Teeth Whitening

Whitening your teeth is one way to reduce the appearance of craze lines. You may choose to:

These whitening treatments lift any stains within the craze lines that may make them darker. They can also improve the appearance of your teeth overall.

Dental Bonding

Another option is to have your dentist fill the craze lines with composite resin. This is called dental bonding and is a relatively fast procedure.

Veneers

The most “complete” way to improve teeth with craze lines is also the most expensive. Veneers are shell-like covers that fit over the surface of your teeth.

Veneers can be made of porcelain or composite resin. They offer the benefit of completely transforming the appearance of your teeth, and they can last for years if taken care of. However, they tend to be costly.

Tips for Preventing Craze Lines

Some degree of change to your enamel may be inevitable with age. However, there are some things you can do to lower the likelihood and visibility of craze lines:

  • Brushing the teeth thoroughly but gently to minimize stains in craze lines
  • Stopping bad habits like nail-biting and opening bottles with the teeth
  • Avoiding chewing very cold or frozen foods like ice cubes
  • Using a night guard or mouthguard to protect against teeth grinding
  • Avoiding staining foods or beverages like red wine and coffee, as they can make craze lines more visible
  • Avoiding tobacco products, which can also stain your teeth, to reduce the visibility of craze lines

These things may not guarantee that craze lines never form, but they will do a lot to preserve the health and appearance of your teeth over time.

Summary

Craze lines are shallow vertical cracks in the outer layer of your tooth enamel. They may be translucent, though tooth staining can make them darker.

While you may not like how craze lines make your teeth look, they’re usually nothing to be concerned about. They become more likely with age as your enamel weakens. Certain habits, such as nail biting or teeth grinding, can also contribute to them.

Cosmetic treatments like teeth whitening can make craze lines less visible. Talk to a dentist about your options.

Last updated on January 23, 2023
7 Sources Cited
Last updated on January 23, 2023
All NewMouth content is medically reviewed and fact-checked by a licensed dentist or orthodontist to ensure the information is factual, current, and relevant.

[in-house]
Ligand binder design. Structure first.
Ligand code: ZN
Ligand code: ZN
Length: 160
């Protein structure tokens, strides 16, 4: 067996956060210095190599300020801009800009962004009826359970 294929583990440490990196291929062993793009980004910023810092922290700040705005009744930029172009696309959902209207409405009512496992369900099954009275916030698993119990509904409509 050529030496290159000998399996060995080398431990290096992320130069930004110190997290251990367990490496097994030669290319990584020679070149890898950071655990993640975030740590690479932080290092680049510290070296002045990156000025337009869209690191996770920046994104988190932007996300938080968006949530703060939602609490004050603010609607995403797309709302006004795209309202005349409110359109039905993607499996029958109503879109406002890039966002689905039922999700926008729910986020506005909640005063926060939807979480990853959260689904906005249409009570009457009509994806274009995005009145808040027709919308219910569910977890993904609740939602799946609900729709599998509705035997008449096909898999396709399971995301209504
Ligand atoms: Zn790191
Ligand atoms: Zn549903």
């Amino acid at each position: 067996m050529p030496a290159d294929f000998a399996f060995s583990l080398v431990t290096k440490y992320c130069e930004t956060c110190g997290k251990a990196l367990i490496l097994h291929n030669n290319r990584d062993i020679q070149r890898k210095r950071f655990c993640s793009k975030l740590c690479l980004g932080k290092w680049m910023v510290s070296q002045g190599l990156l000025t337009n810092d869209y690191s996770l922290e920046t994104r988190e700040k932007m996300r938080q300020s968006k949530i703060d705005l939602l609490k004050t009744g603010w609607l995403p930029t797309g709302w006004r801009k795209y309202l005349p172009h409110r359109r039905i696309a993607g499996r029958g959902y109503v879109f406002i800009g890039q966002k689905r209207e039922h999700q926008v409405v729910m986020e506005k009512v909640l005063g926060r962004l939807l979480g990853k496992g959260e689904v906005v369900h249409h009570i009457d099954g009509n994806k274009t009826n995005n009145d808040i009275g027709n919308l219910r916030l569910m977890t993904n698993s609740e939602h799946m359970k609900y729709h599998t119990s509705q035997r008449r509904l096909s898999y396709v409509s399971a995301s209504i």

We have strict sourcing guidelines and only cite from current scientific research, such as scholarly articles, dentistry textbooks, government agencies, and medical journals. This also includes information provided by the American Dental Association (ADA), the American Association of Orthodontics (AAO), and the American Academy of Pediatrics (AAP).
  1. Yahyazadefar, Mobin, et al. “On the Importance of Aging to the Crack Growth Resistance of Human Enamel.” Acta Biomaterialia, 2016.
  2. Dabuleanu, Mary, and Alexander Suham. “How does one decide whether a crack/craze line on an asymptomatic tooth should be attempted to be removed, either with a restoration or a crown?” Canadian Dental Association, 2014.
  3. Krell, Keith V., and Eric M. Rivera. “A Six Year Evaluation of Cracked Teeth Diagnosed With Reversible Pulpitis: Treatment and Prognosis.” Journal of Endodontics, 2007.
  4. Mariona, Preethi, and Anthony Delphine. “Diagnostic Methods for Cracked Tooth by Two Endodontic Tools.” Drug Invention Today, 2018.
  5. Mutlu, Ozcan, et al. “Bleaching Induced Tooth Sensitivity: Do the Existing Enamel Craze Lines Increase Sensitivity? A Clinical Study.” Odontology, 2014. 
  6. Zidane, Bassam. “Recent Advances in the Diagnosis of Enamel Cracks: A Narrative Review.” Diagnostics (Basel, Switzerland), 2022.
  7. Yu, Mingyue, et al. "Diagnosis of cracked tooth: Clinical status and research progress." Japanese Dental Science Review, 2022.